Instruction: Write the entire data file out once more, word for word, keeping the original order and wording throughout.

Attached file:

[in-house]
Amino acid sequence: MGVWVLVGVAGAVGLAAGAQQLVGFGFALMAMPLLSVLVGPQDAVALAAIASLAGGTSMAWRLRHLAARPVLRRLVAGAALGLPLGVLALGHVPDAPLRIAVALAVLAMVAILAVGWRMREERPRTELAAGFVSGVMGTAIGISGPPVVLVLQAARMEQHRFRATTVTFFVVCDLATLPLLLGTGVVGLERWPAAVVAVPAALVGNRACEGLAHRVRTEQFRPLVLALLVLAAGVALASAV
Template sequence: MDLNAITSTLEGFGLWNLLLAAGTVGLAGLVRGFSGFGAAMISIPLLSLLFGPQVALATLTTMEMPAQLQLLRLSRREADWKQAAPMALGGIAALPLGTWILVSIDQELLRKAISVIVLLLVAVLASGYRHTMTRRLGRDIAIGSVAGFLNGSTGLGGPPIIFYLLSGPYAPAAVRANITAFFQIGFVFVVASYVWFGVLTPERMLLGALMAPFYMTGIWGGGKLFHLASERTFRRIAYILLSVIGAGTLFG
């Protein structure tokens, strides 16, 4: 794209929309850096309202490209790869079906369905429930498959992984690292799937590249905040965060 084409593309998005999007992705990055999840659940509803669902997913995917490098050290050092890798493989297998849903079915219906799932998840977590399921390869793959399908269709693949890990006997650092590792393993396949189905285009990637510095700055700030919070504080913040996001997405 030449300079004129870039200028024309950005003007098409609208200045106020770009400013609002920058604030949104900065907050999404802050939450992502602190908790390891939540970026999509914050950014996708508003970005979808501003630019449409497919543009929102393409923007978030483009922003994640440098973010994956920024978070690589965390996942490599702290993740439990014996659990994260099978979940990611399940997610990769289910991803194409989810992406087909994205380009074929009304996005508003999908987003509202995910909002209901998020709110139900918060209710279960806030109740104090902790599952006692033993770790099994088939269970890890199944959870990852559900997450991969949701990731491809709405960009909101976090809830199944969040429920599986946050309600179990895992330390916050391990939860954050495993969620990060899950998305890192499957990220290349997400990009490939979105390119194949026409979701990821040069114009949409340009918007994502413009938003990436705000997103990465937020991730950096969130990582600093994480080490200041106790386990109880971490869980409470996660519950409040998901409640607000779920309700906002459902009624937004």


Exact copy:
[in-house]
Amino acid sequence: MGVWVLVGVAGAVGLAAGAQQLVGFGFALMAMPLLSVLVGPQDAVALAAIASLAGGTSMAWRLRHLAARPVLRRLVAGAALGLPLGVLALGHVPDAPLRIAVALAVLAMVAILAVGWRMREERPRTELAAGFVSGVMGTAIGISGPPVVLVLQAARMEQHRFRATTVTFFVVCDLATLPLLLGTGVVGLERWPAAVVAVPAALVGNRACEGLAHRVRTEQFRPLVLALLVLAAGVALASAV
Template sequence: MDLNAITSTLEGFGLWNLLLAAGTVGLAGLVRGFSGFGAAMISIPLLSLLFGPQVALATLTTMEMPAQLQLLRLSRREADWKQAAPMALGGIAALPLGTWILVSIDQELLRKAISVIVLLLVAVLASGYRHTMTRRLGRDIAIGSVAGFLNGSTGLGGPPIIFYLLSGPYAPAAVRANITAFFQIGFVFVVASYVWFGVLTPERMLLGALMAPFYMTGIWGGGKLFHLASERTFRRIAYILLSVIGAGTLFG
């Protein structure tokens, strides 16, 4: 794209929309850096309202490209790869079906369905429930498959992984690292799937590249905040965060 084409593309998005999007992705990055999840659940509803669902997913995917490098050290050092890798493989297998849903079915219906799932998840977590399921390869793959399908269709693949890990006997650092590792393993396949189905285009990637510095700055700030919070504080913040996001997405 030449300079004129870039200028024309950005003007098409609208200045106020770009400013609002920058604030949104900065907050999404802050939450992502602190908790390891939540970026999509914050950014996708508003970005979808501003630019449409497919543009929102393409923007978030483009922003994640440098973010994956920024978070690589965390996942490599702290993740439990014996659990994260099978979940990611399940997610990769289910991803194409989810992406087909994205380009074929009304996005508003999908987003509202995910909002209901998020709110139900918060209710279960806030109740104090902790599952006692033993770790099994088939269970890890199944959870990852559900997450991969949701990731491809709405960009909101976090809830199944969040429920599986946050309600179990895992330390916050391990939860954050495993969620990060899950998305890192499957990220290349997400990009490939979105390119194949026409979701990821040069114009949409340009918007994502413009938003990436705000997103990465937020991730950096969130990582600093994480080490200041106790386990109880971490869980409470996660519950409040998901409640607000779920309700906002459902009624937004």